IN: scratchpad "hello" 10 CHAR: h left-pad .
"hhhhhhello"

And it even works with other types of sequences:

IN: scratchpad { 1 2 3 } 3 0 left-pad .
{ 1 2 3 }

IN: scratchpad { 1 2 3 } 10 0 left-pad .
{ 0 0 0 0 0 0 0 1 2 3 }

I should also point out that Factor has pad-head that does this in the standard library and node.js has a pad-left module that solves the quadratic time problem (but still only works with strings).

Saturday, September 19, 2015

ISBN

Most books are issued a unique International Standard Book Number (ISBN) number. Often different formats of the same book will have different ISBN numbers. On a print book, you can usually find the ISBN on a barcode on the back cover.

Most countries seem to have a national ISBN registration agency. In some countries this is a free service provided by a government agency. In other countries, this is operated by a commercial entity. In the United States, one company (R.R. Bowker LLC) has an apparent monopoly on issuing ISBN numbers which can cost $125 for one (less if you buy in bulk).

The ISBN is 13 digits long if assigned starting in 2007, and 10 digits long if assigned before 2007. Each ISBN contains a check digit which is used for basic error detection We are going to build a few words in Factor to calculate the check digits and validate ISBNs.

We need to turn an ISBN (which might include spaces or dashes) into numeric digits:

: digits ( str -- digits )
    [ digit? ] filter string>digits ;

For ISBN-10, the check digit is the sum of each of 10 digits multiplied by a weight (descending from 10 to 1) modulo 11.

: isbn-10-check ( digits -- n )
    0 [ 10 swap - * + ] reduce-index 11 mod ;

For ISBN-13, the check digit is the sum of each of 13 digits multiplied by a weight (alternating between 1 and 3) modulo 10.

: isbn-13-check ( digits -- n )
    0 [ even? 1 3 ? * + ] reduce-index 10 mod ;

We can validate an ISBN by grabbing the digits and running either the ISBN-10 or ISBN-13 check and verifying that the result is zero.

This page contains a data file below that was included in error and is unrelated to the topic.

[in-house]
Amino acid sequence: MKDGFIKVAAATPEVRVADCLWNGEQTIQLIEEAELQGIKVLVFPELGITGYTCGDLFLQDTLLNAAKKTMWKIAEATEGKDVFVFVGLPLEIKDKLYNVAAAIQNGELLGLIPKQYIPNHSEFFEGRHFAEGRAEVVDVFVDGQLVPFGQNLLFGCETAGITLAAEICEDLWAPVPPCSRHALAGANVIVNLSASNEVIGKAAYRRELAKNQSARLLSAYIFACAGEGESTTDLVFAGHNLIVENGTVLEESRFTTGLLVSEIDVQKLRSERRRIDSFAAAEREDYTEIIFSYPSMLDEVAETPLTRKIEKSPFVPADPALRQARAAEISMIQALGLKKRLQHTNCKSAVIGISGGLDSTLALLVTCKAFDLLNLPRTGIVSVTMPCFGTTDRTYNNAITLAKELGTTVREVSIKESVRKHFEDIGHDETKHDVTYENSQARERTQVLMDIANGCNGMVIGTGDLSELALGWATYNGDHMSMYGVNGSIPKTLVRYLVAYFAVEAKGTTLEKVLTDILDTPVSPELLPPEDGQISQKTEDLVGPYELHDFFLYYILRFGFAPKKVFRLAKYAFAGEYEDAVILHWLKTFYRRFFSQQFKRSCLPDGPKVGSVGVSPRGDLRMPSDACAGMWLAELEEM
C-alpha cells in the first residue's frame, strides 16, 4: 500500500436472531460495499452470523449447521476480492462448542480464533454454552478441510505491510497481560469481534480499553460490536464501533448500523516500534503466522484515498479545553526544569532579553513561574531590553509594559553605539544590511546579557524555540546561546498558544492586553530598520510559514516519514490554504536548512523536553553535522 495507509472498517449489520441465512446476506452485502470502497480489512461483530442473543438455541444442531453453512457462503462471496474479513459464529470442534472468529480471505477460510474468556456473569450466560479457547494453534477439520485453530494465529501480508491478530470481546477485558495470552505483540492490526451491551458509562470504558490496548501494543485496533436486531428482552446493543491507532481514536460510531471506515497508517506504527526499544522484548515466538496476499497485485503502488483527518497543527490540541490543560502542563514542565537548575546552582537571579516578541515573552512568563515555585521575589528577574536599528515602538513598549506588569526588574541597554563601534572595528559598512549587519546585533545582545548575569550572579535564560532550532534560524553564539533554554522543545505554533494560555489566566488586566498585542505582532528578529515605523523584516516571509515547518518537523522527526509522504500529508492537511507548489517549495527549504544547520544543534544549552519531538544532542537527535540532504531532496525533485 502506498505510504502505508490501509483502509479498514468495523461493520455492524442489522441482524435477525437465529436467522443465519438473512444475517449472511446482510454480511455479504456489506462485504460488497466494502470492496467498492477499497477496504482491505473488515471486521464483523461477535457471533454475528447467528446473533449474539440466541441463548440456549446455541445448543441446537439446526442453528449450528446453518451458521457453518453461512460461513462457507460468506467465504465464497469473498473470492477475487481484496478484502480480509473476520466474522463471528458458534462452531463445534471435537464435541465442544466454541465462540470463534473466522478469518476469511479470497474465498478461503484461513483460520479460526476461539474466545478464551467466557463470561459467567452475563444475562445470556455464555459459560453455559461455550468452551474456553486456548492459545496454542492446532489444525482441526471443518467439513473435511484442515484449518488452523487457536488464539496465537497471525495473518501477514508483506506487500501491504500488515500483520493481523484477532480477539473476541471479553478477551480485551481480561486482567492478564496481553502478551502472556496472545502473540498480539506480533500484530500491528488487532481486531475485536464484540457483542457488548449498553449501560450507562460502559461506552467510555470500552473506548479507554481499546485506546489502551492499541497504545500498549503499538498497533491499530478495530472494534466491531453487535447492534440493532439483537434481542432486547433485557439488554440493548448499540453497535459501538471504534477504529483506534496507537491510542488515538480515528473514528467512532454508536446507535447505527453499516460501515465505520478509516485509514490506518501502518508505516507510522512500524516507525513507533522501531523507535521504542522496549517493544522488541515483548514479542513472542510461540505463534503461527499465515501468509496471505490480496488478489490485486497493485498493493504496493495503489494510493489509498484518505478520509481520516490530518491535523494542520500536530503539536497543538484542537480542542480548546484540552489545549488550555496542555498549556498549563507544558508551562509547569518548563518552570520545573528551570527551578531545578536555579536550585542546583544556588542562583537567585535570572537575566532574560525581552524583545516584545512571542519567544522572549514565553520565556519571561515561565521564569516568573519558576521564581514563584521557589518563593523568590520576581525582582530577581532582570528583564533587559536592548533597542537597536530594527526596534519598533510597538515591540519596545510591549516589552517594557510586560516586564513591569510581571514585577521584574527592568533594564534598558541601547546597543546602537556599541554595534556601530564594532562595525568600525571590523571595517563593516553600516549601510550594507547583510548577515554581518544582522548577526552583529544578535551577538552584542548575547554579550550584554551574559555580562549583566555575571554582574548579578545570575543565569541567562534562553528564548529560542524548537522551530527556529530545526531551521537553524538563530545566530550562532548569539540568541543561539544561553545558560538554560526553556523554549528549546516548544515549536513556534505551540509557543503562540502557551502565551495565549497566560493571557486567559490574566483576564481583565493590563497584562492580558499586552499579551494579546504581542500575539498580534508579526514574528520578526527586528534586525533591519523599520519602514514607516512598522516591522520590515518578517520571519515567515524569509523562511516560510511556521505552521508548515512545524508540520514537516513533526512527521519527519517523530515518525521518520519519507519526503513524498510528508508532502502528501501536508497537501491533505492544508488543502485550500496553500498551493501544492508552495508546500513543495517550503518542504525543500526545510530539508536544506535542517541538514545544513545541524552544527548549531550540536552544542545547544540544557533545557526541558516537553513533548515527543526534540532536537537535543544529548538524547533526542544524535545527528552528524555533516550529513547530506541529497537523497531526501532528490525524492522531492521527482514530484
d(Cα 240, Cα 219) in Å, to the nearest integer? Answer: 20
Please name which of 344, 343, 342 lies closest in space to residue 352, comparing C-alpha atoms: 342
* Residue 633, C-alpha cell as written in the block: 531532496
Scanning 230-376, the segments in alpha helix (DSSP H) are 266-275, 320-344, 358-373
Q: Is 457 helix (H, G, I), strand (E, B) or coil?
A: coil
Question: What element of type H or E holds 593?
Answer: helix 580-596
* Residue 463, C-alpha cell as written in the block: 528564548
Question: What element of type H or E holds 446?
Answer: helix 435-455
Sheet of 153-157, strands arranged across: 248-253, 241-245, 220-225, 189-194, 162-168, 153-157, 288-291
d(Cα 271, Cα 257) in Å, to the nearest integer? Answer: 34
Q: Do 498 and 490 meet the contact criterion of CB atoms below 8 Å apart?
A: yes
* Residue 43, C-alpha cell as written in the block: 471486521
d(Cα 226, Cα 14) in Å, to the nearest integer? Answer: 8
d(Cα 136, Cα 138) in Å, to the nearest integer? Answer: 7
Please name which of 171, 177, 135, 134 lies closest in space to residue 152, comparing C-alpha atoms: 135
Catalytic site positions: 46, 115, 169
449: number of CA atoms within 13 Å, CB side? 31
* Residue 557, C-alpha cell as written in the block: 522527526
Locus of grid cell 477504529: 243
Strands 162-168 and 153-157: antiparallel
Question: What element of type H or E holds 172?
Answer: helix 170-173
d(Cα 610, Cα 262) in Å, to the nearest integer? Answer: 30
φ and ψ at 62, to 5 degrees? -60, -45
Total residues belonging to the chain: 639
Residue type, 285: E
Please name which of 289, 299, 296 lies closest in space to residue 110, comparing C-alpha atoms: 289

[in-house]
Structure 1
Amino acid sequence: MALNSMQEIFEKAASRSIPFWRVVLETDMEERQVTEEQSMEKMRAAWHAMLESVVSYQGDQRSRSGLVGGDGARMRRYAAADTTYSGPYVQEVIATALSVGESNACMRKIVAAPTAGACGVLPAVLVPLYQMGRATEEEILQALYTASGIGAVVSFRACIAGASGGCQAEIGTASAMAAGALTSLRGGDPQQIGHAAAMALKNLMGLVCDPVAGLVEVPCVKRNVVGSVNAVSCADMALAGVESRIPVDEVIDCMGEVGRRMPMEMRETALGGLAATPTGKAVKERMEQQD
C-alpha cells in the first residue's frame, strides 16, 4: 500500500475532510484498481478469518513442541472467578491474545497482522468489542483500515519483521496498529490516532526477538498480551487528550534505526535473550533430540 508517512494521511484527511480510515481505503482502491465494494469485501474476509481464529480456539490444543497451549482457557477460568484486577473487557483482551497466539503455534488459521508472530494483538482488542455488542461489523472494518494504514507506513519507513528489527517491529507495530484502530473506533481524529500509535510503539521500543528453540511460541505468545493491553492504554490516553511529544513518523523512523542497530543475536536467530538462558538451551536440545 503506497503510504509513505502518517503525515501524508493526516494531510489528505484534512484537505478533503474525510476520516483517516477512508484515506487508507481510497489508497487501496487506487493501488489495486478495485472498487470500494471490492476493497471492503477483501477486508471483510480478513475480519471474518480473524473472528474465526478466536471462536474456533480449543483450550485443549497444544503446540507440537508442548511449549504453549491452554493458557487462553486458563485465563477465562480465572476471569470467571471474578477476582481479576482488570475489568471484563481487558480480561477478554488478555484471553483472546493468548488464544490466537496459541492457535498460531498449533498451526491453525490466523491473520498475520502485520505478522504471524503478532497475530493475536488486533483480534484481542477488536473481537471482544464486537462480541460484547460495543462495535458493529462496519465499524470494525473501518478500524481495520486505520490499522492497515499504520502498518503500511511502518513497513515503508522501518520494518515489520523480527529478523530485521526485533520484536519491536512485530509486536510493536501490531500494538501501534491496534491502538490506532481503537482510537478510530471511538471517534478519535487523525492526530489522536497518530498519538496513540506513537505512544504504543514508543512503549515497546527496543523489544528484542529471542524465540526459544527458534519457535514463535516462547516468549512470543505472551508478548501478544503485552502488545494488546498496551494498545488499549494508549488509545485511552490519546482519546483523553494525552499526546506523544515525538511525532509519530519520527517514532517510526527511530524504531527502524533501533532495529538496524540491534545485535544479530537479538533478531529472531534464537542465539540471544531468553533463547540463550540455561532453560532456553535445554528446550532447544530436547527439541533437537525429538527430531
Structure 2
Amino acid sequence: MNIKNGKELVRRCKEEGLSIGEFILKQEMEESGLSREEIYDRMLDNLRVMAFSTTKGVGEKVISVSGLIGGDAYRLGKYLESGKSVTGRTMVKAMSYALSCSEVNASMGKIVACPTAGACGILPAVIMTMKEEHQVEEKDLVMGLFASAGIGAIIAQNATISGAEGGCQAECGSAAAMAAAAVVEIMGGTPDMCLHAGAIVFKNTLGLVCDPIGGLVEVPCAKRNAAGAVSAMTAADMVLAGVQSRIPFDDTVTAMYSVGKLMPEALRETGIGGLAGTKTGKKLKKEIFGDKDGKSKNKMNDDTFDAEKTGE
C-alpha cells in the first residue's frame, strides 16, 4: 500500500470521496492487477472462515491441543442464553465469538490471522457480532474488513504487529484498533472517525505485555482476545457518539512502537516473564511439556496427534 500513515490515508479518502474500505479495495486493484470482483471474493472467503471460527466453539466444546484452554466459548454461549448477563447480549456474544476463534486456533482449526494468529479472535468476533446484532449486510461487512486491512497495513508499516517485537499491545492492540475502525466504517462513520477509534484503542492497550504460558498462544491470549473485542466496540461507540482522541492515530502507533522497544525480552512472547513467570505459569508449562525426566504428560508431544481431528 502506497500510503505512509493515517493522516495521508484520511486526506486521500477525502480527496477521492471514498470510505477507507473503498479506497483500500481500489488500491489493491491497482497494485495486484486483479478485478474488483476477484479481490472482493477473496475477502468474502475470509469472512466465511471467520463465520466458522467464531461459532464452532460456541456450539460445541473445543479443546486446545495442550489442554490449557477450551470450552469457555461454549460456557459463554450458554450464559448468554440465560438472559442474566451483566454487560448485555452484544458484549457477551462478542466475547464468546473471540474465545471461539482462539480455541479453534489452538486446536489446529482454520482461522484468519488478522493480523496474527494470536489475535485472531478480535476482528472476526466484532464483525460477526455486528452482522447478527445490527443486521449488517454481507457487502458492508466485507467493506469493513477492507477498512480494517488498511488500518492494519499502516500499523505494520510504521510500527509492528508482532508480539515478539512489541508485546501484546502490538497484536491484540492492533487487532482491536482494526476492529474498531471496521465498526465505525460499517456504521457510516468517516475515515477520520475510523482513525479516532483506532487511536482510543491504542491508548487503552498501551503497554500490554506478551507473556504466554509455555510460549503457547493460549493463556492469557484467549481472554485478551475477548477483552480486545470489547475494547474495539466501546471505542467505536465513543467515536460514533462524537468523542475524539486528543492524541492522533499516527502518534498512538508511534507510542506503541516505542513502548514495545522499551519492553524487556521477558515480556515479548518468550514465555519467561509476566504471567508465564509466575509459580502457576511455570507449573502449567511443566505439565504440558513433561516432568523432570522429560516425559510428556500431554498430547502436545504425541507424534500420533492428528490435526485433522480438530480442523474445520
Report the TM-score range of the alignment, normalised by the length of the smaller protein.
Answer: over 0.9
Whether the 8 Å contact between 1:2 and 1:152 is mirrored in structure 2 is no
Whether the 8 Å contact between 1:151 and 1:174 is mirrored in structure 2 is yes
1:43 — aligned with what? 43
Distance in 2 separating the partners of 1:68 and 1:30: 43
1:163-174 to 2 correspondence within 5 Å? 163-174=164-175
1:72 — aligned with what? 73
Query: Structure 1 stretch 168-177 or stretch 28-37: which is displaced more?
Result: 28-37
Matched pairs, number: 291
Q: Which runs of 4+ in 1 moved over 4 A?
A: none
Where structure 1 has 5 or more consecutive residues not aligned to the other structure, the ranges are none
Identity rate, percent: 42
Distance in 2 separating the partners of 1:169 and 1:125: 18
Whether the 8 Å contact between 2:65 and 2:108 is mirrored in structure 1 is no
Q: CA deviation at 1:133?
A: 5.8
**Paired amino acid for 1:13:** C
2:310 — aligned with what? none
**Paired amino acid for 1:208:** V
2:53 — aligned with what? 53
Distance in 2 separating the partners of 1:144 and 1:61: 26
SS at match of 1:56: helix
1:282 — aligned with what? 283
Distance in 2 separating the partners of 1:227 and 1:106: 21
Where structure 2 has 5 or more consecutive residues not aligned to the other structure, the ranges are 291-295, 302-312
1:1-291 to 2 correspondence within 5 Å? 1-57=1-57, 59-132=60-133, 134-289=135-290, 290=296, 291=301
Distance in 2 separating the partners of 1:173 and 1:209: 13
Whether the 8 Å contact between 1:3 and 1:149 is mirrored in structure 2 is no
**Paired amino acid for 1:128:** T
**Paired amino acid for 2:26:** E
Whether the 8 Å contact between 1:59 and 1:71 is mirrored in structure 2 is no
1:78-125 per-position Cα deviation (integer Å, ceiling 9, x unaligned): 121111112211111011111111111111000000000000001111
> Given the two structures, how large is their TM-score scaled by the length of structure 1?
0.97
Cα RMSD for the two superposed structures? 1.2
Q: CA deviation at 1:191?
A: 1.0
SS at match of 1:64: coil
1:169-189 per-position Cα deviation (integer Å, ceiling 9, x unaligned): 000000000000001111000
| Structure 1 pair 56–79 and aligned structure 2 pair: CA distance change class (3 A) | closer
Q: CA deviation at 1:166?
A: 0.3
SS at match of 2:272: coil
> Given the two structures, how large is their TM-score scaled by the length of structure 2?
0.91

: valid-isbn? ( str -- ? )
    digits dup length {
        { 10 [ isbn-10-check ] }
        { 13 [ isbn-13-check ] }
    } case 0 = ;

The code (and some tests) for this is on my GitHub.

Friday, September 11, 2015

Pig Latin

Pig Latin is a somewhat ridiculous language game which modifies words in such a funny way that is hard to figure out if you don't know how it works but easy if you do. Using Factor, we will build a converter from English to Pig Latin words.

There are two basic rules we should implement:

  1. For words that begin with consonant sounds, the initial consonant or consonant cluster is moved to the end of the word, and "ay" is added to the end.
{ "igpay" } [ "pig" pig-latin ] unit-test
{ "ananabay" } [ "banana" pig-latin ] unit-test
{ "ashtray" } [ "trash" pig-latin ] unit-test
{ "appyhay" } [ "happy" pig-latin ] unit-test
{ "uckday" } [ "duck" pig-latin ] unit-test
{ "oveglay" } [ "glove" pig-latin ] unit-test
  1. For words that begin with a vowel sounds or silent letter, add "way" to the end.
{ "eggway" } [ "egg" pig-latin ] unit-test
{ "inboxway" } [ "inbox" pig-latin ] unit-test
{ "eightway" } [ "eight" pig-latin ] unit-test

We can implement our two basic rules:

: pig-latin ( str -- str' )